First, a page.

Print 18 comment(s) - last by KLO.. on Oct 2 at 9:16 PM

Electronic Health Records system is called Practice Fusion

Electronic Health Records (EHR) are one of the vital components to overhauling the nation's health care network. The U.S. government feels that EHR will help reduce the cost of medical care by allowing doctors, labs, and hospitals to share data faster and easier than they can currently.

Part of the economic stimulus plan has funds that are set aside to reimburse medical care facilities and doctors for money spent moving to an EHR platform. EHR provider Practice Fusion has announced that its EHR system will be made available free of charge to physicians in a partnership with BioReference Laboratories.

BioReference will feed its lab data into the Practice Fusion EHR system and recommend the product to its network of 15,000 doctors. BioReference is the nation's third largest full-service medical testing lab behind Qwest and LabCorp. The two larger labs also integrate their data into the Practice Fusion system.

"With this deal, we've gained another 15,000 physicians," says the EHR vendor's CEO Ryan Howard. That statement is a bit inflated considering that the 15,000 physicians have to choose to use the Practice Fusion system. The Practice Fusion system is a cloud-based offering that is trying to attract doctors that currently use paper billing.

The labs are keen on EHR because it saves them time and money. With EHR platforms, they only need to update one record rather than individual doctors' offices. BioReference marketing VP Amar Kamath said, "we only have to integrate the data once, not for every doctor's office."

Dell also recently announced a new EHR offering that it was offering to physicians that is a complete turnkey package physicians and facilities must purchase and share data with a provider or a local hospital. The government is enticing physicians to move to EHR systems by promising bonus payments for those who migrate.

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Technical oversight?
By farsawoos on 9/23/2009 2:02:23 PM , Rating: 5
What kills me the most is how little of a choice organizations have. From where I'm standing, based on my terrible experiences with my employer's current solution, it looks like we get to choose between HUGE, steaming piles of poo, and smaller, less steamy piles of poo. To quote a games magazine article I read one time, we are essentially "picking the plumpest turd from the poo pond."

There's no standardization of data export/import requirements, there're no standards on software and hardware compatibility, and every single one of them has their own idea of HIPAA compliance. I don't know how many time I've argued w/ vendors and their techs over the phone about how their garage-band application that saves patient data in an unprotected ACCESS database ON THE ROOT OF C: (!!!!!!!) is probably NOT compliant with any sensible security policies, only to be told that "OH,, we know HIPAA, ok? We're totally compliant! Look at this letter that RANDOMCOMPANY001 wrote saying we are! They can't be wrong!"

*massive facepalm*

RE: Technical oversight?
By lightfoot on 9/23/2009 4:19:19 PM , Rating: 2
So now the records will be placed on the internet, in the cloud somewhere. Hopefully not in an unprotected Access database. They should at least be using an unprotected MySQL database.

RE: Technical oversight?
By Iaiken on 9/23/2009 4:37:21 PM , Rating: 2
You might want to brush up on your knowledge of how cloud computing works...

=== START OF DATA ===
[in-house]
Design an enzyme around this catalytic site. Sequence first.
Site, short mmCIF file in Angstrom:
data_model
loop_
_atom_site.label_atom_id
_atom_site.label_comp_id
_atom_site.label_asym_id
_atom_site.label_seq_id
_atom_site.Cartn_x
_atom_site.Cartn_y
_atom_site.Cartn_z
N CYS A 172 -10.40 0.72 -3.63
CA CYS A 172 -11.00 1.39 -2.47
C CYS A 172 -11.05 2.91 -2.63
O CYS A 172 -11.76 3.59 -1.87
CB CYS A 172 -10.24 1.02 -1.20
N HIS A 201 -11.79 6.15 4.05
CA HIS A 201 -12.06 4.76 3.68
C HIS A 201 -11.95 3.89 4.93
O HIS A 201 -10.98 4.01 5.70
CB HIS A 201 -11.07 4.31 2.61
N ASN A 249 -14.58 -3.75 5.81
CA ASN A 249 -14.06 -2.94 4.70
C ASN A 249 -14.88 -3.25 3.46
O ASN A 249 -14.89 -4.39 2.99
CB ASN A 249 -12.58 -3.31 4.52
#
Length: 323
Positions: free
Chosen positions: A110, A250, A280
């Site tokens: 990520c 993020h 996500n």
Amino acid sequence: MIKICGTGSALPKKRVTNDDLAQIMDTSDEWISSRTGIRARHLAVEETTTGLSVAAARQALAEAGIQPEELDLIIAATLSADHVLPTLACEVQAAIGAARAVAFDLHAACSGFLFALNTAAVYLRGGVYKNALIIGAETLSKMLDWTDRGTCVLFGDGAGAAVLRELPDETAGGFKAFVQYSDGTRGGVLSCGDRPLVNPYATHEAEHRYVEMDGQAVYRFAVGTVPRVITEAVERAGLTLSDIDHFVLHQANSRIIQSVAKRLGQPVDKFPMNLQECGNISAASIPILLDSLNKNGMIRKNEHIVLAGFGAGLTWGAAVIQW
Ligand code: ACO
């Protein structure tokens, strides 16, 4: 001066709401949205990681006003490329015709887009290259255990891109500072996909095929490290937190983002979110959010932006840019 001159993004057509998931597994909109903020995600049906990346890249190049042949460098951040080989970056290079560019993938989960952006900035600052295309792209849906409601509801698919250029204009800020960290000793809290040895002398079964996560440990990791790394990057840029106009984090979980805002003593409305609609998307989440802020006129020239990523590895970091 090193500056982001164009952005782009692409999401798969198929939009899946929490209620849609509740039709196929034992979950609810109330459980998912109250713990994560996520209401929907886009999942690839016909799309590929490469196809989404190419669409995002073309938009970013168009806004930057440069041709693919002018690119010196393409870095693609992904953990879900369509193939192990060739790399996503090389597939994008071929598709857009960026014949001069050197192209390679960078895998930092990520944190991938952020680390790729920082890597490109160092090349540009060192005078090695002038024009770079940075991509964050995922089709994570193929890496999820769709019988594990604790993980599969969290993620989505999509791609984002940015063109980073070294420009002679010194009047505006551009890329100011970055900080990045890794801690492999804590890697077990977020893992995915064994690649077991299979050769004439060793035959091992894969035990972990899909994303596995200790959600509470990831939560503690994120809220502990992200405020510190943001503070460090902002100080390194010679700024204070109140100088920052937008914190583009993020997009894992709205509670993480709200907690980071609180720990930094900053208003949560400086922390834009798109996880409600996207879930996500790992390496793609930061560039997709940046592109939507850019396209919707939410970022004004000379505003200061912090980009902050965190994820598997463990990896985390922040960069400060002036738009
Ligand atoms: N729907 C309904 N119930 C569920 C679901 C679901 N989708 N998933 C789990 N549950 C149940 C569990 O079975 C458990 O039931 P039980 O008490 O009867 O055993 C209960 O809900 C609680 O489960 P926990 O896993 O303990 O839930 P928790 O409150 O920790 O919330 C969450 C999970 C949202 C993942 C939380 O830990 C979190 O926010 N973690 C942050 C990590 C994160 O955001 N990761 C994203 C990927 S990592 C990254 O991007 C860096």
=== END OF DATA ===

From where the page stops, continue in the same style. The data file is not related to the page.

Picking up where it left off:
A proper cloud has all of its hardware and data compartmentalized so that it is inaccessible except through the thin client interface. This allows the clients to access the service without the need for sophisticated infrastructure on their end.

So the outside world basically interfaces with an interactive display that is relayed to/from the cloud service. This allows the security implementations to be independent of the architecture at each step from db -> service -> client and back again. For example, Encrypted DB -> Firewall -> DMZ -> Firewall -> service -> Package Encryption -> Firewall -> Client -> Package Decryption -> Data Decryption. Like Lego blocks, you just snap together an architecture that suits your needs.

Read, then talk...

RE: Technical oversight?
By lightfoot on 9/23/2009 7:30:57 PM , Rating: 2
You don't know me so I'll forgive your lack of understanding.

My entire post was sarcastic. There are huge benefits to cloud computing, and I would never condone the use of an unencrypted database from any vendor being used to store patient health records.

My only point is that a bad design will still be a bad design even if it uses "cloud computing." You must still engineer the solution to be accessible and secure (two traits that generally conflict with each other, but can be done.)

RE: Technical oversight?
By KLO on 10/2/2009 8:57:18 PM , Rating: 2
Okay, yes I get it also but heres the problem...when you don't own your own security on your own intranet then regardless of the number of times you encrypt someone else owns the key. We all have suffered enough at the hand of others but due to that we cannot go and make the same mistake again. I cannot stress how important it is not to put your eggs all in one basket especially for something as sensitive as HIPPA. We no longer have privacy anymore and this country has so many big brothers that we are now beginning to get selectively destroyed through electronics. Our health is our business and no one elses. Do not share it at all. Intranetworks can be interconnected and you do not need a cloud or a vulnerability. Accessibility may be the only good thing in the end but really its like a microwave. Is making the food any faster really that important? Would you go out and buy a microwave that went faster even if yours was fast enough even though you ran the risk of burning all your food? Come-on! This sounds like a disaster and this comes from an IT and Medical person.

By PAPutzback on 9/23/2009 11:25:50 AM , Rating: 3
I work in healthcare and it is unbelievable how many disparate software solutions are used to process a patient from beginning to end.

You start with the DR office. You got your record, billing and scheduling systems. Then the billing kicks out a proprietary formatted claim to transfer to a Clearinghouse to be assembled with a bunch of other offices. A lot of the time each office has their own format. Then the clearinghouse creates an EDI file to be sent to a payer.

Bah. I could explain the whole process and it would take a day to explain all the holes in the process. Needless to say Healthcare needs to go to the cloud.